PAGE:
Skip to Content


In February 2014, Ontario’s Office of the Fairness Commissioner (OFC) performed a targeted assessment of the way the College of Psychologists of Ontario (CPO) registers people who apply for a licence to practise in Ontario, to ensure that the registration practices are fair and continue to improve.

Assessment is one of the Fairness Commissioner's mandated roles under the Regulated Health Professions Act, 1991 (RHPA).

Assessment Cycle

To hold regulatory bodies accountable for continuous improvement, the OFC assesses their licensing practices using a two-year assessment cycle.

Assessment cycles alternate between full assessments and targeted assessments:

  • Full assessments address all specific and general duties described in the RHPA.
  • Targeted assessments focus on the areas where the OFC made recommendations in the previous full assessment.

This approach establishes continuity between the assessment cycles.


Focus of This Assessment and Report

The February 2014 targeted assessment of the CPO focused on the areas where the OFC made recommendations in the full assessment it completed in September 2011.

The OFC’s detailed report captures the results of the targeted assessment. The assessment summary provides the following key information from the detailed report:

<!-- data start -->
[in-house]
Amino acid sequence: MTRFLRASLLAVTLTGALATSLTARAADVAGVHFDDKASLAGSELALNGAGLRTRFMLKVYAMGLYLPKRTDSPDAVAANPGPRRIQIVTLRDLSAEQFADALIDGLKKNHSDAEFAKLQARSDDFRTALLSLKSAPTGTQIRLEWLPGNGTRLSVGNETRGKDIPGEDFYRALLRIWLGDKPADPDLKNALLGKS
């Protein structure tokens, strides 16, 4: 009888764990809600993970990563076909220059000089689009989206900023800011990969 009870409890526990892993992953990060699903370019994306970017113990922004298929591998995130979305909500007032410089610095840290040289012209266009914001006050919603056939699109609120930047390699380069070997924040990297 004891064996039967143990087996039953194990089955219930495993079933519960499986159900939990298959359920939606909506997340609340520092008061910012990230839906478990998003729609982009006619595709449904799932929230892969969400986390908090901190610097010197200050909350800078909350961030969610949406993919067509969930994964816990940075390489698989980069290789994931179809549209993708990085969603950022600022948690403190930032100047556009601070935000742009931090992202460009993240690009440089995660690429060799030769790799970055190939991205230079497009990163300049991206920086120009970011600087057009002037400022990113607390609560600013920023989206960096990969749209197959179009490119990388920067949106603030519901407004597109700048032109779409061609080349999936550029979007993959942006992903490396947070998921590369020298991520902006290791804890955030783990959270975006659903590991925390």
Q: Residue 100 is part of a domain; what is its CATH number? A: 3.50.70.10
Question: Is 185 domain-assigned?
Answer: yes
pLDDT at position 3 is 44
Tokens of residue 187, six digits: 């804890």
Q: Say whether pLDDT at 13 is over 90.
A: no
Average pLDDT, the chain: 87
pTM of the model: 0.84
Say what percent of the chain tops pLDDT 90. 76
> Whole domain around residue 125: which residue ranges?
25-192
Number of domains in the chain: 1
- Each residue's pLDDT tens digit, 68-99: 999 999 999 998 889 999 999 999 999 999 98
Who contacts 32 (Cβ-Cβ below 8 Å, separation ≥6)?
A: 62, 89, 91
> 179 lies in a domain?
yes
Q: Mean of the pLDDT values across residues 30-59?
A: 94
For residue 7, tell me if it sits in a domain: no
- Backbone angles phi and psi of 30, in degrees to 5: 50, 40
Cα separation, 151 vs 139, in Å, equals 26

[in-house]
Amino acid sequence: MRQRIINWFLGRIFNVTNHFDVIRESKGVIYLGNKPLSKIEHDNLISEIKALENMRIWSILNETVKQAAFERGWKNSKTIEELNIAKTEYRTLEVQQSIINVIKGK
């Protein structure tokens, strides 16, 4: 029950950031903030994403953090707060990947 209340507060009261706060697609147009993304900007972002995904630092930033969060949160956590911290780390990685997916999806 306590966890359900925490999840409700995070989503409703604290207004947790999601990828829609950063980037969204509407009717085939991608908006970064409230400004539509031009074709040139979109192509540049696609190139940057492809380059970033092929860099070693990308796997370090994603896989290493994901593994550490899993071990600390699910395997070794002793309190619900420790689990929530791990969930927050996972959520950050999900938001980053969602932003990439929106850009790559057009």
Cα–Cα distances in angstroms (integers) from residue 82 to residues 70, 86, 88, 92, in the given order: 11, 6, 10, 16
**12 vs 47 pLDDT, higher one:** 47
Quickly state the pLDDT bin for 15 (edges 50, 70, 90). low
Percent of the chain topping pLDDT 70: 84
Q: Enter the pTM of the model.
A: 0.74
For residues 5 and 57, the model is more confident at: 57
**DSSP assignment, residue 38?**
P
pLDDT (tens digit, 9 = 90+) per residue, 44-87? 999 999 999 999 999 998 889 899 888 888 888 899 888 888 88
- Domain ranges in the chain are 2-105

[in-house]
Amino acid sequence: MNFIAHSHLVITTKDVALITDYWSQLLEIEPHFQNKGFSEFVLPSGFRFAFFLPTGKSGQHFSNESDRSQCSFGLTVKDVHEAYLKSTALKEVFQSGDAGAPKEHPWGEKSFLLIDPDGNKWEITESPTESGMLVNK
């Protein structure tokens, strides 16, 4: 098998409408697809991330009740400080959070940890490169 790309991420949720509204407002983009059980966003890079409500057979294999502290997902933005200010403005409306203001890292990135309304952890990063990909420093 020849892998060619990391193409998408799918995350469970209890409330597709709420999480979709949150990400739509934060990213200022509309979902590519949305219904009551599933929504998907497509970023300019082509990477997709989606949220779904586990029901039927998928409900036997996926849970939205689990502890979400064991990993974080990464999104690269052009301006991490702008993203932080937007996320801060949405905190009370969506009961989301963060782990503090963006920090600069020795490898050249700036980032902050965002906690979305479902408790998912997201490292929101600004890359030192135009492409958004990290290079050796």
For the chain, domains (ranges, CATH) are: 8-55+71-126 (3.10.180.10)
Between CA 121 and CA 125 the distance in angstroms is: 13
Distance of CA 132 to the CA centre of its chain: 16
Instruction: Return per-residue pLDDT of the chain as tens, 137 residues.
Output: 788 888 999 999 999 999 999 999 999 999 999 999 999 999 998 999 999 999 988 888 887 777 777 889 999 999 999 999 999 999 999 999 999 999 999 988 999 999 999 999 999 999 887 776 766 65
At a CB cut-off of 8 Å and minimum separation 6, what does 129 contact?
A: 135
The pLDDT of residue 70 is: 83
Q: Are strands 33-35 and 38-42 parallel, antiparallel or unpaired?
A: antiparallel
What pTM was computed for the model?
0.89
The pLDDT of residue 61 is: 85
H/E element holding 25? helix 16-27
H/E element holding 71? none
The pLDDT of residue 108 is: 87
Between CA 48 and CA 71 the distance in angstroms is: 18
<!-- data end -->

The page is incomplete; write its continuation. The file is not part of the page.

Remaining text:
• duties that were assessed
  • an overview of assessment outcomes for specific-duty practices
  • an overview of comments related to the general duty
  • commendable practices
  • recommendations


Availability of Report

The OFC encourages the CPO to provide the detailed report to its staff, council members, the public, and other interested parties.

To receive a copy of the detailed report, click here.


Assessment Methods

Assessments are based on the Registration Practices Assessment Guide – For Health Regulatory Colleges. The guide presents registration practices relating to the specific duties and general duty in the RHPA.

A regulatory body’s practices can be measured against the RHPA’s specific duties in a straightforward way. However, the general duty is broad, and the principles it mentions (transparency, objectivity, impartiality and fairness) are not defined in the legislation.

As a result, the specific-duty and general-duty obligations are assessed differently (see the Strategy for Continuous Improvement of Registration Practices).

Specific Duties

The OFC can clearly determine whether a regulatory body demonstrates the specific-duty practices in the assessment guide. Therefore, for each specific-duty practice, the OFC provides one of the following assessment outcomes:

  • Demonstrated – all required elements of the practice are present or addressed
  • Partially Demonstrated – some but not all required elements are present or addressed
  • Not Demonstrated – none of the required elements are present or addressed
  • Not Applicable – this practice does not apply to this regulatory body

General Duty

Because there are many ways that a regulatory body can demonstrate that its practices, overall, are meeting the principles of the general duty, the OFC makes assessment comments for the general duty, rather than identifying assessment outcomes. For the same reason, assessment comments are made by principle, rather than by practice.

For information about the OFC’s interpretations of the general-duty principles and the practices that the OFC uses as a guideline for assessment, see the Registration Practices Assessment Guide – For Health Regulatory Colleges.

Commendable Practices and Recommendations

Where applicable, the OFC identifies commendable practices or recommendations for improvement related to the specific duties and general duty.